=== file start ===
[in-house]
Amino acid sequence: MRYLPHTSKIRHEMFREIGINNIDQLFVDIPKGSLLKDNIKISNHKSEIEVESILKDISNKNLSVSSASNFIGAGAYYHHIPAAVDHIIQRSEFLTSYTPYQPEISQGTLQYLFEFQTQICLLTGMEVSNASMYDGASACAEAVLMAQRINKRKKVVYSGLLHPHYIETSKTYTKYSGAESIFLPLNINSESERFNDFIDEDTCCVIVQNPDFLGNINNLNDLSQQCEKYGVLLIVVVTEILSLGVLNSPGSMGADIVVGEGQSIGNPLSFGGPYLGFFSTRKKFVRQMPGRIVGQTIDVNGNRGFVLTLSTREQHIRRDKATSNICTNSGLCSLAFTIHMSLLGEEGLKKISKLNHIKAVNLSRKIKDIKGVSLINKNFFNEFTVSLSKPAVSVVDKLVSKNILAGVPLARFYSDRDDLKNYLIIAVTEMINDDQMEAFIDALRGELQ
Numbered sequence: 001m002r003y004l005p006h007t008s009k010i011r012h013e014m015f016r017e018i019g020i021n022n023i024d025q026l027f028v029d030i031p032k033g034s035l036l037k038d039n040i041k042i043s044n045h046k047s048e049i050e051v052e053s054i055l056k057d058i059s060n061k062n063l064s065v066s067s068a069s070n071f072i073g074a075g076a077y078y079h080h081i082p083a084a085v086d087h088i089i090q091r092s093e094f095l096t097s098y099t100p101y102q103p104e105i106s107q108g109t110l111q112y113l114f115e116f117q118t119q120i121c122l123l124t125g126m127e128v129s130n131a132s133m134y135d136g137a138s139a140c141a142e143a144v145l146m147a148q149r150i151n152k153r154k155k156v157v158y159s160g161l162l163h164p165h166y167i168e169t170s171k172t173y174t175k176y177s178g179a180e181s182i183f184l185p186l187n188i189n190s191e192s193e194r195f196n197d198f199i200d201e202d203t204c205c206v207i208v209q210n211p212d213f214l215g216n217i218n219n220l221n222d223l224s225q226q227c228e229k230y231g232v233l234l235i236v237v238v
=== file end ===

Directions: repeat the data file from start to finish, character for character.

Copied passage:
[in-house]
Amino acid sequence: MRYLPHTSKIRHEMFREIGINNIDQLFVDIPKGSLLKDNIKISNHKSEIEVESILKDISNKNLSVSSASNFIGAGAYYHHIPAAVDHIIQRSEFLTSYTPYQPEISQGTLQYLFEFQTQICLLTGMEVSNASMYDGASACAEAVLMAQRINKRKKVVYSGLLHPHYIETSKTYTKYSGAESIFLPLNINSESERFNDFIDEDTCCVIVQNPDFLGNINNLNDLSQQCEKYGVLLIVVVTEILSLGVLNSPGSMGADIVVGEGQSIGNPLSFGGPYLGFFSTRKKFVRQMPGRIVGQTIDVNGNRGFVLTLSTREQHIRRDKATSNICTNSGLCSLAFTIHMSLLGEEGLKKISKLNHIKAVNLSRKIKDIKGVSLINKNFFNEFTVSLSKPAVSVVDKLVSKNILAGVPLARFYSDRDDLKNYLIIAVTEMINDDQMEAFIDALRGELQ
Numbered sequence: 001m002r003y004l005p006h007t008s009k010i011r012h013e014m015f016r017e018i019g020i021n022n023i024d025q026l027f028v029d030i031p032k033g034s035l036l037k038d039n040i041k042i043s044n045h046k047s048e049i050e051v052e053s054i055l056k057d058i059s060n061k062n063l064s065v066s067s068a069s070n071f072i073g074a075g076a077y078y079h080h081i082p083a084a085v086d087h088i089i090q091r092s093e094f095l096t097s098y099t100p101y102q103p104e105i106s107q108g109t110l111q112y113l114f115e116f117q118t119q120i121c122l123l124t125g126m127e128v129s130n131a132s133m134y135d136g137a138s139a140c141a142e143a144v145l146m147a148q149r150i151n152k153r154k155k156v157v158y159s160g161l162l163h164p165h166y167i168e169t170s171k172t173y174t175k176y177s178g179a180e181s182i183f184l185p186l187n188i189n190s191e192s193e194r195f196n197d198f199i200d201e202d203t204c205c206v207i208v209q210n211p212d213f214l215g216n217i218n219n220l221n222d223l224s225q226q227c228e229k230y231g232v233l234l235i236v237v238v